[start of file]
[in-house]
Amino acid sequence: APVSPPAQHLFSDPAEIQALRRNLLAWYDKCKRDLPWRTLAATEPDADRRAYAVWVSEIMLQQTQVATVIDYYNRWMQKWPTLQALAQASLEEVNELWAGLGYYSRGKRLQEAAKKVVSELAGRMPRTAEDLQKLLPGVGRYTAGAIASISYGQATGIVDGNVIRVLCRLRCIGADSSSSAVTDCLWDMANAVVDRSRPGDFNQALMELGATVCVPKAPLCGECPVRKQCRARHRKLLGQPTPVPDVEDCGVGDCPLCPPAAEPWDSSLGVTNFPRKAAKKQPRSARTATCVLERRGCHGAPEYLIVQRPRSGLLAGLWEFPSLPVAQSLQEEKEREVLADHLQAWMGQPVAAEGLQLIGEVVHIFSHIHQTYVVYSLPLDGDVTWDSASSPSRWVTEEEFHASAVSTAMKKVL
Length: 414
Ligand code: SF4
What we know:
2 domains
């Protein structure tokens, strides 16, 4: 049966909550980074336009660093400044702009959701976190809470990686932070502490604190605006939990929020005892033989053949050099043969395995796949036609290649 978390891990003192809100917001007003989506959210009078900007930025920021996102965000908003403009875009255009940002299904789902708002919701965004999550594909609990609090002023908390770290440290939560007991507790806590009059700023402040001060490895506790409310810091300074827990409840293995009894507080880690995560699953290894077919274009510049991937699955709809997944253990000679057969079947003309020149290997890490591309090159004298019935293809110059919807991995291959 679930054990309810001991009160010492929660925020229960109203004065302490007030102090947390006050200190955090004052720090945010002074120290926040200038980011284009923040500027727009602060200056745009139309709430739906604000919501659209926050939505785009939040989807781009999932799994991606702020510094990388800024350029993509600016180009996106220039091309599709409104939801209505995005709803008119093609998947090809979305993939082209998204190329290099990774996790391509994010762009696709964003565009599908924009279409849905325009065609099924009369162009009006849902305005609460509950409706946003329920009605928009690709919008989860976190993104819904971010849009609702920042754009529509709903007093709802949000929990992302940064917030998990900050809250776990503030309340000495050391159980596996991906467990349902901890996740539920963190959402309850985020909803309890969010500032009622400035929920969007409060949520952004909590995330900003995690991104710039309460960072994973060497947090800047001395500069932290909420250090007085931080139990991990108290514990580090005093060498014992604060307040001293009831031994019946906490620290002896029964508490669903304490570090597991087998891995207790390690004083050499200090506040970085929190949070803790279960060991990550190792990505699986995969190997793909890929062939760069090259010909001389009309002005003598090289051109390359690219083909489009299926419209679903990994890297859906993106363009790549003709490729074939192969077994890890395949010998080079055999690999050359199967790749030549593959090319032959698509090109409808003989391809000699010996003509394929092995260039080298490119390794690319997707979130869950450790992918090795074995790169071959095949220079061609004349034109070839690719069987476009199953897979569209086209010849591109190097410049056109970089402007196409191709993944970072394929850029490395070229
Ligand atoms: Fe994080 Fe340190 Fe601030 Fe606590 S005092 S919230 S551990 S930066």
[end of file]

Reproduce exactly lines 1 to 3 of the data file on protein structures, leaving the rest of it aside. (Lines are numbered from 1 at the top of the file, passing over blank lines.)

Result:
[in-house]
Amino acid sequence: APVSPPAQHLFSDPAEIQALRRNLLAWYDKCKRDLPWRTLAATEPDADRRAYAVWVSEIMLQQTQVATVIDYYNRWMQKWPTLQALAQASLEEVNELWAGLGYYSRGKRLQEAAKKVVSELAGRMPRTAEDLQKLLPGVGRYTAGAIASISYGQATGIVDGNVIRVLCRLRCIGADSSSSAVTDCLWDMANAVVDRSRPGDFNQALMELGATVCVPKAPLCGECPVRKQCRARHRKLLGQPTPVPDVEDCGVGDCPLCPPAAEPWDSSLGVTNFPRKAAKKQPRSARTATCVLERRGCHGAPEYLIVQRPRSGLLAGLWEFPSLPVAQSLQEEKEREVLADHLQAWMGQPVAAEGLQLIGEVVHIFSHIHQTYVVYSLPLDGDVTWDSASSPSRWVTEEEFHASAVSTAMKKVL
Length: 414